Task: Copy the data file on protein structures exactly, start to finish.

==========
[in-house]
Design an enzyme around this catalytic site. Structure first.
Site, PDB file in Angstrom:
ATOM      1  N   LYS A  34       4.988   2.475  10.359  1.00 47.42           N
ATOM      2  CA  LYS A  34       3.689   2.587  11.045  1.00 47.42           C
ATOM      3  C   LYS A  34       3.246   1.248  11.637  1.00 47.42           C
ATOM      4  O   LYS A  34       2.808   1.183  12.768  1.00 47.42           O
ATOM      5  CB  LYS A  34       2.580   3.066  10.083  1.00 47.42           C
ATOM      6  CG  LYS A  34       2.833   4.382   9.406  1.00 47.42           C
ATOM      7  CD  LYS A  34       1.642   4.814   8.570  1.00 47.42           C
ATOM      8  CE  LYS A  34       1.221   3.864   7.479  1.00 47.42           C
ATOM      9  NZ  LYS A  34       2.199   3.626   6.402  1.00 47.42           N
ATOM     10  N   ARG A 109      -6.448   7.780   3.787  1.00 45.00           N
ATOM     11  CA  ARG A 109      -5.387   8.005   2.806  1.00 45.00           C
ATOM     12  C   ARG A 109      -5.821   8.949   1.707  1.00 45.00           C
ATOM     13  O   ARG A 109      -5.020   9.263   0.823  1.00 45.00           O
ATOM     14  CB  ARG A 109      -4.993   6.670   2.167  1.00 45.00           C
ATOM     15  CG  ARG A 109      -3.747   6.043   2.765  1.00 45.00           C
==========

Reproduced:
[in-house]
Design an enzyme around this catalytic site. Structure first.
Site, PDB file in Angstrom:
ATOM      1  N   LYS A  34       4.988   2.475  10.359  1.00 47.42           N
ATOM      2  CA  LYS A  34       3.689   2.587  11.045  1.00 47.42           C
ATOM      3  C   LYS A  34       3.246   1.248  11.637  1.00 47.42           C
ATOM      4  O   LYS A  34       2.808   1.183  12.768  1.00 47.42           O
ATOM      5  CB  LYS A  34       2.580   3.066  10.083  1.00 47.42           C
ATOM      6  CG  LYS A  34       2.833   4.382   9.406  1.00 47.42           C
ATOM      7  CD  LYS A  34       1.642   4.814   8.570  1.00 47.42           C
ATOM      8  CE  LYS A  34       1.221   3.864   7.479  1.00 47.42           C
ATOM      9  NZ  LYS A  34       2.199   3.626   6.402  1.00 47.42           N
ATOM     10  N   ARG A 109      -6.448   7.780   3.787  1.00 45.00           N
ATOM     11  CA  ARG A 109      -5.387   8.005   2.806  1.00 45.00           C
ATOM     12  C   ARG A 109      -5.821   8.949   1.707  1.00 45.00           C
ATOM     13  O   ARG A 109      -5.020   9.263   0.823  1.00 45.00           O
ATOM     14  CB  ARG A 109      -4.993   6.670   2.167  1.00 45.00           C
ATOM     15  CG  ARG A 109      -3.747   6.043   2.765  1.00 45.00           C